Sitting in a sixth-floor boardroom in a building that is along one of the busiest roads in Sandton – with a view of the some of the most expensive properties on the continent – this is where one of the best mergers and acquisitions lawyers on the continent conducts business and plans to plot his grand plan to change and transform the country’s legal fraternity for good.
In 2014, Peter Tshisevhe was rated the best mergers and acquisitions lawyer in Africa and one of the best in the world by the internationally peer-reviewed Best Lawyer’s International listing, in 2015 the Association of Black Securities and Investment Professionals named him the best corporate finance lawyer in the country.
The chairperson and co-founder of Tshisevhe Gwina Ratshimbilani Incorporated (TGR Attorneys), Tshisevhe’s story is one of rags to riches, but unlike many such tales, his was fuelled by an unusual ambition for the unknown and engineered by exposure.
“Exposure is everything.” This is a mantra Tshisevhe lives by and one that keeps his inquisitive mind flooded with ambitious plans.
He admits that being from a very poor family of 11 siblings in the poverty-stricken village of Tshakhuma, he was only exposed to professions such as teaching and nursing, but says he always knew there was something beyond what he was exposed to.
“Even without being exposed to doctors, I knew that as much as teaching was the ultimate, there were professions such as doctors beyond teaching, and I knew that that person was more important in terms of stature because it seemed everyone went to them when they were sick. I knew there was more and beyond and that’s where I wanted to be. I was not sure exactly where, just somewhere higher,” he said of his ambitions as a child.
Abject poverty is something Tshisevhe is very familiar with. He owned his first pair of shoes when he was 16 years old.
“I have always been of the view that the one way out of poverty is through education,” he said.
He fondly remembers the nickname his mother gave him because of his excellence at school.
“She gave me the nickname ‘Principal’ because she saw me in that light and to her it was the highest level, but I had other ideas,” he said.
Ironically, though he never had ambitions of being a teacher, Tshisevhe subsequently had a 12year stint as a part-time lecturer at his alma mater, the University of the Witwatersrand (Wits).
While being a teacher was never an option for Tshisevhe growing up, law was also not his first choice, but having witnessed the injustices of racism and tribalism as a child, he found himself drawn to the profession of law when later in life he found out about it from a friend.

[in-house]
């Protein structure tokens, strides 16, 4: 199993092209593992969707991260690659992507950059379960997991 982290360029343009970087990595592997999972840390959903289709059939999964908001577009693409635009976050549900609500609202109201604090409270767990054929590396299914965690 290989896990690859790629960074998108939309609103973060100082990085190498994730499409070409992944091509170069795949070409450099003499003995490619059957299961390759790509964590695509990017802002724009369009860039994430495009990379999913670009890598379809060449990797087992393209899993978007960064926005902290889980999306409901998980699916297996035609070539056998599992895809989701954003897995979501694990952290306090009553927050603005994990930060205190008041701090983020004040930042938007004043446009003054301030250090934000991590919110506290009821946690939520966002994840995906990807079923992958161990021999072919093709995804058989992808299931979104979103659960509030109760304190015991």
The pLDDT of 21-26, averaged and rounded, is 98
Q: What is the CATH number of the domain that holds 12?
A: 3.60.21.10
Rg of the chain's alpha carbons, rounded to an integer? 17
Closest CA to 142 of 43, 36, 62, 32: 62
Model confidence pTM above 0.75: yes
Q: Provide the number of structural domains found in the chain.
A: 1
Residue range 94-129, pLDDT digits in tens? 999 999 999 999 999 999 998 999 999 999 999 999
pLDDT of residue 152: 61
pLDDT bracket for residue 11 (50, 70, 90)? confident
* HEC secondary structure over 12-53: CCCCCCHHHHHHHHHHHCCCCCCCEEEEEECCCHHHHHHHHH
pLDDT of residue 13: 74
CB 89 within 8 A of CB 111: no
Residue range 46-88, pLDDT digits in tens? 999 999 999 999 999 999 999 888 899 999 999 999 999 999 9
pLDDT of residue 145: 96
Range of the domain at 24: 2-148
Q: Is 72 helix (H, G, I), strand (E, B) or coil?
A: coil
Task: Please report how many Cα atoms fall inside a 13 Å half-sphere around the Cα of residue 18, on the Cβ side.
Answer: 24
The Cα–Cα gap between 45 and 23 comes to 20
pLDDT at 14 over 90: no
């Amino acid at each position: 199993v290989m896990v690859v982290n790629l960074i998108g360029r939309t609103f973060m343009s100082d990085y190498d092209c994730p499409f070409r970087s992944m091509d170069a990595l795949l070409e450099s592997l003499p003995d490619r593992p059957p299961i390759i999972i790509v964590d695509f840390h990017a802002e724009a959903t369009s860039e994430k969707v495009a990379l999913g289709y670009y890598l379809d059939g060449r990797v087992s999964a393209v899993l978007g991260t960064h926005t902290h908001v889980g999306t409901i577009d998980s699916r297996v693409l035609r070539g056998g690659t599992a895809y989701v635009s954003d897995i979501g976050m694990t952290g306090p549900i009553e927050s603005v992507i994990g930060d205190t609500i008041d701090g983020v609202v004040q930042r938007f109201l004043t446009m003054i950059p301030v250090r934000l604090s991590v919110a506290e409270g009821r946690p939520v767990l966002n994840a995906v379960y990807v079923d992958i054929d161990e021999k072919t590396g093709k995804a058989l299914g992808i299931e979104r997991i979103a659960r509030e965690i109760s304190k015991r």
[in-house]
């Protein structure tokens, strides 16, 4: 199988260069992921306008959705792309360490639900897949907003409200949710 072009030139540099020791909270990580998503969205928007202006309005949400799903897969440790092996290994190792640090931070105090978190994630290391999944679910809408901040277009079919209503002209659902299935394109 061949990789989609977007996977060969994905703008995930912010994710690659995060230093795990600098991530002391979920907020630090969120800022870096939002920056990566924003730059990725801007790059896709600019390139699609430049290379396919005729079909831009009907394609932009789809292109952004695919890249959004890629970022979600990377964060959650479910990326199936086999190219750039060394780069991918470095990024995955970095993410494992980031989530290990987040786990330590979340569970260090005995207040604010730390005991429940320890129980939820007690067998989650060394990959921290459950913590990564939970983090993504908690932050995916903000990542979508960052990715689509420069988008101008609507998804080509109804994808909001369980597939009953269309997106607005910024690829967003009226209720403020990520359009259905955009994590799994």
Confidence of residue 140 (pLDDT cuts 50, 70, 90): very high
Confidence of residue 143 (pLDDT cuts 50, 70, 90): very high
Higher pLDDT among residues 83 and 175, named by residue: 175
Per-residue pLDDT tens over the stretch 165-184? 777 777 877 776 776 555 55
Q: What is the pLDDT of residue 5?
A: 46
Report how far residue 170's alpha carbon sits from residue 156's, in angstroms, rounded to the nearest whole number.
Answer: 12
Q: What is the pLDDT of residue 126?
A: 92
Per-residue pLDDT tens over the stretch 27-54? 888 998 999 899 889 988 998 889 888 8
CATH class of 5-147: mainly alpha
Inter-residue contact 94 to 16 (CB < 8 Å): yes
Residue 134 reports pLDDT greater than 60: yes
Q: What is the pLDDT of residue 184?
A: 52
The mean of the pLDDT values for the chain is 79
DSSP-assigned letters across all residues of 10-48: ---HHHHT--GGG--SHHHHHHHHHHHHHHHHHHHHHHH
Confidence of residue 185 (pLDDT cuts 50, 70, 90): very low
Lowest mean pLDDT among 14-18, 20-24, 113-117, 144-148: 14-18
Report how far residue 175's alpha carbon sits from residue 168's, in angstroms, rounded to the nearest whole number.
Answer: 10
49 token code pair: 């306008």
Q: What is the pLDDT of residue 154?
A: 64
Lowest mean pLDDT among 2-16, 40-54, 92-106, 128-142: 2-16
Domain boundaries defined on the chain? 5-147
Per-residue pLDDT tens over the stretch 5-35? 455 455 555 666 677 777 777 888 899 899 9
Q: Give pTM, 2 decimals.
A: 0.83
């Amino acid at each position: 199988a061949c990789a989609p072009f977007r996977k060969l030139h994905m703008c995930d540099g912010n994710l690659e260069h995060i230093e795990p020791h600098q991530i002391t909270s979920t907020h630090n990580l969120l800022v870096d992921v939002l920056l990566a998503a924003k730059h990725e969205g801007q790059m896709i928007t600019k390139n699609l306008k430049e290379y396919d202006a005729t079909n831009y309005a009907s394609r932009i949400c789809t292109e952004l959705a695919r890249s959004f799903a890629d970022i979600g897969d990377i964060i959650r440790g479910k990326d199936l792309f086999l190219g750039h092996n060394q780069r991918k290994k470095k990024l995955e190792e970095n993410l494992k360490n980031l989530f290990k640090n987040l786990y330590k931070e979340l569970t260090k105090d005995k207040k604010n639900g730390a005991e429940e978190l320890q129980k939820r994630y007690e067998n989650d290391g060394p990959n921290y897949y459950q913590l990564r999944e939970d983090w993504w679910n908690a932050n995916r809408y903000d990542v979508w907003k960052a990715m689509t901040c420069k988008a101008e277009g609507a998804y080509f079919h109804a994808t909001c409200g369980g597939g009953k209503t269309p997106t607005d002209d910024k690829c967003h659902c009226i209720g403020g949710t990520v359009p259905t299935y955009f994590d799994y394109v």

Schooled at Luvhulani and Raluthaga primary schools in the former homeland of Venda, Tshisevhe speaks with pride as he reminisces about going to school under a tree. He went on to matriculate at Mavhungu Andries High School, also in the area, before heading south to Johannesburg where, before enrolling for his BProc degree, he had to upgrade his matric results at a private college.
At Wits he found the exposure he had been longing for, and as a disciplined village herdboy, he managed to stay focused on his studies while also working his way up from cleaner to cashier at a supermarket chain store.
His tone changes and he flashes a smile when he talks about his student days at Wits. It’s an institution he holds very dear, after all, his first legal job was at the Wits Law Clinic after he was offered articles by two prominent lawyers – exploitative offers he refused.
In the legal fraternity, he has earned a lot of respect but admits transformation is still a huge issue.
“We want to be a game-changer, a haven for black excellence,” he says about TGR Attorneys, which he cofounded with Sandanathi Gwina and Matodzi Ratshimbilani.
Speaking about the sector’s current state with regard to briefing patterns that disadvantage black lawyers, the SAA board member said government must start practising what it preaches.
“Government will talk radical economic transformation and go on and hire a white company to clean,” Tshisevhe said.
Being one of the best commercial law brains in the country, it’s easy to see why he has a good chance of plotting the change the legal sector desperately needs, and it’s a mission he readily tackles every day.